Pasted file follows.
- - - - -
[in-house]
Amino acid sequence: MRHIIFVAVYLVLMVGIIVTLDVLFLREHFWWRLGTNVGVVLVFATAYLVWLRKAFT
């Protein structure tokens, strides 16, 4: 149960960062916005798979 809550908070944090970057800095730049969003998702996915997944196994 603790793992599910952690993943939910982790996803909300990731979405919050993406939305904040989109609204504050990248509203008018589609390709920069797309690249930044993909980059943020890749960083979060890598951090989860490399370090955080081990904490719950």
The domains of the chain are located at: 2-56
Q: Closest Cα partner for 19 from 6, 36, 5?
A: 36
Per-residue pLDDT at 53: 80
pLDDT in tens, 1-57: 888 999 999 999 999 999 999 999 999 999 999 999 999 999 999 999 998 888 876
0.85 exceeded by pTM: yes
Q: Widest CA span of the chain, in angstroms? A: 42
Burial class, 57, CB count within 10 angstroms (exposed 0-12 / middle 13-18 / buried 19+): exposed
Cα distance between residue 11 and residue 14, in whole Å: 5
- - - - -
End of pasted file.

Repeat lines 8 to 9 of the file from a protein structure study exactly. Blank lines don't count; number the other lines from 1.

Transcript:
pLDDT in tens, 1-57: 888 999 999 999 999 999 999 999 999 999 999 999 999 999 999 999 998 888 876
0.85 exceeded by pTM: yes